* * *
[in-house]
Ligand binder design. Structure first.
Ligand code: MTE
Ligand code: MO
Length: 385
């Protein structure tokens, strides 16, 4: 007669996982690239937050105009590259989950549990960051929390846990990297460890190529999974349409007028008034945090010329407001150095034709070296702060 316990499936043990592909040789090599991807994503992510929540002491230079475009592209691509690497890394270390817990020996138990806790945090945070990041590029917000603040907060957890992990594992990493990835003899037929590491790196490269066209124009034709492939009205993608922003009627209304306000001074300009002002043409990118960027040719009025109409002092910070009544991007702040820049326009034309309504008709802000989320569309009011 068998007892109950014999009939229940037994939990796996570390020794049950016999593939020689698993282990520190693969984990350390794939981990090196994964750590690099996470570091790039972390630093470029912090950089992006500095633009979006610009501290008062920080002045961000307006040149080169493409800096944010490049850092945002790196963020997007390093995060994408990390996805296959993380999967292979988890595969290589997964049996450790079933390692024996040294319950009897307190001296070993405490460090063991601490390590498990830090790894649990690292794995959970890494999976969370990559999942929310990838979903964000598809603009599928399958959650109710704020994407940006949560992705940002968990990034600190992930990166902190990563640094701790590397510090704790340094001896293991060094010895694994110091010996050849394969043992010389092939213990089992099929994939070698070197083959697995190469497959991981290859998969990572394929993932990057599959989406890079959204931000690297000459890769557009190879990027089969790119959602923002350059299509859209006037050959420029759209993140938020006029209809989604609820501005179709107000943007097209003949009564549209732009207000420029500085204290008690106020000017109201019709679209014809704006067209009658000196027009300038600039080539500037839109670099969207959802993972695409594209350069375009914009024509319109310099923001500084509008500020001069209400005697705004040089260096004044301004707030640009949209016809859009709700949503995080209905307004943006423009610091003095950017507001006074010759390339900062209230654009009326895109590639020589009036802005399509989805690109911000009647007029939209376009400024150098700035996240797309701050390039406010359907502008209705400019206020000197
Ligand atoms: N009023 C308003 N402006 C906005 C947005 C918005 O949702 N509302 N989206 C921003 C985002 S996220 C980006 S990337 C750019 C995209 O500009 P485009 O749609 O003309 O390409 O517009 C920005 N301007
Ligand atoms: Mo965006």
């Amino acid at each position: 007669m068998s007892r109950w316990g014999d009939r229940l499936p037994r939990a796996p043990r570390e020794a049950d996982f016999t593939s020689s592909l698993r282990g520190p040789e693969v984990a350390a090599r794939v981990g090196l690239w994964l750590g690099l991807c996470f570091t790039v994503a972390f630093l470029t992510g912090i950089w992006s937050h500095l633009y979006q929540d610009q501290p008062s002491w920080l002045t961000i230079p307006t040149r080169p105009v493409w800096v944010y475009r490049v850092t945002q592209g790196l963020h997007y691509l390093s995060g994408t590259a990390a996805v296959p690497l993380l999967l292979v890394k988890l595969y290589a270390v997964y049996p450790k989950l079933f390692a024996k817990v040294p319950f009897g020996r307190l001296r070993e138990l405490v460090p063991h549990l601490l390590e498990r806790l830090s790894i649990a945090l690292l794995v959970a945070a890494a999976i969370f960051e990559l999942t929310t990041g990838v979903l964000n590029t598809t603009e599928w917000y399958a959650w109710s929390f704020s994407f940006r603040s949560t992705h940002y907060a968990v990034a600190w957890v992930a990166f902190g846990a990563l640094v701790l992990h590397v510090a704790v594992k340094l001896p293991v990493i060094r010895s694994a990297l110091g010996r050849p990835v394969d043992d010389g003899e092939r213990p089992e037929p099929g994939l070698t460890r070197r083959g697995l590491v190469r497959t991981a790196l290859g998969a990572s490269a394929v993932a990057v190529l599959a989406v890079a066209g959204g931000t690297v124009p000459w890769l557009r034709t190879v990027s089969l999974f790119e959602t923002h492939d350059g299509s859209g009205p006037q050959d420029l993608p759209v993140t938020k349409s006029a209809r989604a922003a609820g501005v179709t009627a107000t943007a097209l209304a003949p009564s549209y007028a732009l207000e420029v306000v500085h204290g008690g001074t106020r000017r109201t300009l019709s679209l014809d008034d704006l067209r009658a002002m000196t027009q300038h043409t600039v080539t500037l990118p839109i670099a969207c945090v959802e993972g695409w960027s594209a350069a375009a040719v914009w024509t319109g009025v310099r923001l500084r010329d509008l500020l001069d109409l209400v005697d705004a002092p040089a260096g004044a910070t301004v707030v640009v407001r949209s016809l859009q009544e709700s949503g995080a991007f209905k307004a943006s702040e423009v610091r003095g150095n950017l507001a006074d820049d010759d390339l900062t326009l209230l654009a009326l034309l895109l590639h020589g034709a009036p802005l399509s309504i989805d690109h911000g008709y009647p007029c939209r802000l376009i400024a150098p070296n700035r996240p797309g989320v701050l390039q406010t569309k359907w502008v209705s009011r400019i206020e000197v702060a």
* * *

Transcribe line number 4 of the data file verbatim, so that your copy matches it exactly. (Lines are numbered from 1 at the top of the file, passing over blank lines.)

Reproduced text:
Ligand code: MO